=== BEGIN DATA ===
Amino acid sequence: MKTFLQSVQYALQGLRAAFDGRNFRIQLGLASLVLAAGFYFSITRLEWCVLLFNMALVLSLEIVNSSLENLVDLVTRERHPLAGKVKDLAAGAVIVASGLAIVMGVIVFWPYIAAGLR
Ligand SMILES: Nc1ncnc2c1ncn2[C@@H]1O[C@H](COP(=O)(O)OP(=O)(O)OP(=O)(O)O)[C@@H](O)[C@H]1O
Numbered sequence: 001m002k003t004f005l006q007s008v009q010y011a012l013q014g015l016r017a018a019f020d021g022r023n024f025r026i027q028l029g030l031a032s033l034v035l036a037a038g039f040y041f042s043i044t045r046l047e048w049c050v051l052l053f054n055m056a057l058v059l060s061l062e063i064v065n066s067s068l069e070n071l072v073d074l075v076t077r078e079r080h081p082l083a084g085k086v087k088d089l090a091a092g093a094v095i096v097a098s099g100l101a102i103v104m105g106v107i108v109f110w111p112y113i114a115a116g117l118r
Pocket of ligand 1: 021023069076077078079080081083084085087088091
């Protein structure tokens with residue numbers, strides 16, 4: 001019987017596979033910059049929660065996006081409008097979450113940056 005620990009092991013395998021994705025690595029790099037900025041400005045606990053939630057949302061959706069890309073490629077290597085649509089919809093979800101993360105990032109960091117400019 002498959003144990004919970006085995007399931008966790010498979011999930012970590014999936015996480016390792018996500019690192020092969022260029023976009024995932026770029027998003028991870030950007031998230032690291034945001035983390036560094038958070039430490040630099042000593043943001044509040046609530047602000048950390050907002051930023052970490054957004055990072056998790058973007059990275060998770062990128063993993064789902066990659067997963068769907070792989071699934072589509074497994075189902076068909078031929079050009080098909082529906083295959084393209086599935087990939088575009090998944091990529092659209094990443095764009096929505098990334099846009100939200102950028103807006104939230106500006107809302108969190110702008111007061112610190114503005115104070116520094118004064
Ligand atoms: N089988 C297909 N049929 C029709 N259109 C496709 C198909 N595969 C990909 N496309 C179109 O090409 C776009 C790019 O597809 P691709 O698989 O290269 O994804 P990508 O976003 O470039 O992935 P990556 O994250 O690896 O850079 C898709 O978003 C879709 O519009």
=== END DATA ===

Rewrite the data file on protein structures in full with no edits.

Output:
Amino acid sequence: MKTFLQSVQYALQGLRAAFDGRNFRIQLGLASLVLAAGFYFSITRLEWCVLLFNMALVLSLEIVNSSLENLVDLVTRERHPLAGKVKDLAAGAVIVASGLAIVMGVIVFWPYIAAGLR
Ligand SMILES: Nc1ncnc2c1ncn2[C@@H]1O[C@H](COP(=O)(O)OP(=O)(O)OP(=O)(O)O)[C@@H](O)[C@H]1O
Numbered sequence: 001m002k003t004f005l006q007s008v009q010y011a012l013q014g015l016r017a018a019f020d021g022r023n024f025r026i027q028l029g030l031a032s033l034v035l036a037a038g039f040y041f042s043i044t045r046l047e048w049c050v051l052l053f054n055m056a057l058v059l060s061l062e063i064v065n066s067s068l069e070n071l072v073d074l075v076t077r078e079r080h081p082l083a084g085k086v087k088d089l090a091a092g093a094v095i096v097a098s099g100l101a102i103v104m105g106v107i108v109f110w111p112y113i114a115a116g117l118r
Pocket of ligand 1: 021023069076077078079080081083084085087088091
């Protein structure tokens with residue numbers, strides 16, 4: 001019987017596979033910059049929660065996006081409008097979450113940056 005620990009092991013395998021994705025690595029790099037900025041400005045606990053939630057949302061959706069890309073490629077290597085649509089919809093979800101993360105990032109960091117400019 002498959003144990004919970006085995007399931008966790010498979011999930012970590014999936015996480016390792018996500019690192020092969022260029023976009024995932026770029027998003028991870030950007031998230032690291034945001035983390036560094038958070039430490040630099042000593043943001044509040046609530047602000048950390050907002051930023052970490054957004055990072056998790058973007059990275060998770062990128063993993064789902066990659067997963068769907070792989071699934072589509074497994075189902076068909078031929079050009080098909082529906083295959084393209086599935087990939088575009090998944091990529092659209094990443095764009096929505098990334099846009100939200102950028103807006104939230106500006107809302108969190110702008111007061112610190114503005115104070116520094118004064
Ligand atoms: N089988 C297909 N049929 C029709 N259109 C496709 C198909 N595969 C990909 N496309 C179109 O090409 C776009 C790019 O597809 P691709 O698989 O290269 O994804 P990508 O976003 O470039 O992935 P990556 O994250 O690896 O850079 C898709 O978003 C879709 O519009």